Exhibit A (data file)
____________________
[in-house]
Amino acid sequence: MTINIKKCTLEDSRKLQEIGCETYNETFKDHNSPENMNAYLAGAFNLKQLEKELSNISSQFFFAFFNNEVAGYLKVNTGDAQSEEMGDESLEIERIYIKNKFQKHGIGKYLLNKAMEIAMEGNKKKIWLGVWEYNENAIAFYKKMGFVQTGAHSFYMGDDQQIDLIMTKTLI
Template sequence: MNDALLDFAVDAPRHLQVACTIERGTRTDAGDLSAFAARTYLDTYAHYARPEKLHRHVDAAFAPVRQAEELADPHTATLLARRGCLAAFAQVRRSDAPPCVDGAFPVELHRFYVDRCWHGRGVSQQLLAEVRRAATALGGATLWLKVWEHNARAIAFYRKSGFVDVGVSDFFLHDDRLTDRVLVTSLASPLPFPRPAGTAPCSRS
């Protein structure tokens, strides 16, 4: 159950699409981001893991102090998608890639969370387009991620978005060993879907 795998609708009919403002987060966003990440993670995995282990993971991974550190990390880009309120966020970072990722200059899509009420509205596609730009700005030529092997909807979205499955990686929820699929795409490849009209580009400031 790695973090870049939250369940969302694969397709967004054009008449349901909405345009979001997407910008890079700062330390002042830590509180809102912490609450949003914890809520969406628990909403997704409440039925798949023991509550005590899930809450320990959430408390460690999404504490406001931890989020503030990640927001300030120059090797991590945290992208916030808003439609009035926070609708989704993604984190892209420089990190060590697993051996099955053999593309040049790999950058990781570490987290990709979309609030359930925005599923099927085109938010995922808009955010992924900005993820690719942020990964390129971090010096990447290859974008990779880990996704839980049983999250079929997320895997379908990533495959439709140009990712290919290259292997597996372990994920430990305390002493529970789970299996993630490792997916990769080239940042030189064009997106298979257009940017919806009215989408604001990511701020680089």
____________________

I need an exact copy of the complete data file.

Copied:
[in-house]
Amino acid sequence: MTINIKKCTLEDSRKLQEIGCETYNETFKDHNSPENMNAYLAGAFNLKQLEKELSNISSQFFFAFFNNEVAGYLKVNTGDAQSEEMGDESLEIERIYIKNKFQKHGIGKYLLNKAMEIAMEGNKKKIWLGVWEYNENAIAFYKKMGFVQTGAHSFYMGDDQQIDLIMTKTLI
Template sequence: MNDALLDFAVDAPRHLQVACTIERGTRTDAGDLSAFAARTYLDTYAHYARPEKLHRHVDAAFAPVRQAEELADPHTATLLARRGCLAAFAQVRRSDAPPCVDGAFPVELHRFYVDRCWHGRGVSQQLLAEVRRAATALGGATLWLKVWEHNARAIAFYRKSGFVDVGVSDFFLHDDRLTDRVLVTSLASPLPFPRPAGTAPCSRS
């Protein structure tokens, strides 16, 4: 159950699409981001893991102090998608890639969370387009991620978005060993879907 795998609708009919403002987060966003990440993670995995282990993971991974550190990390880009309120966020970072990722200059899509009420509205596609730009700005030529092997909807979205499955990686929820699929795409490849009209580009400031 790695973090870049939250369940969302694969397709967004054009008449349901909405345009979001997407910008890079700062330390002042830590509180809102912490609450949003914890809520969406628990909403997704409440039925798949023991509550005590899930809450320990959430408390460690999404504490406001931890989020503030990640927001300030120059090797991590945290992208916030808003439609009035926070609708989704993604984190892209420089990190060590697993051996099955053999593309040049790999950058990781570490987290990709979309609030359930925005599923099927085109938010995922808009955010992924900005993820690719942020990964390129971090010096990447290859974008990779880990996704839980049983999250079929997320895997379908990533495959439709140009990712290919290259292997597996372990994920430990305390002493529970789970299996993630490792997916990769080239940042030189064009997106298979257009940017919806009215989408604001990511701020680089």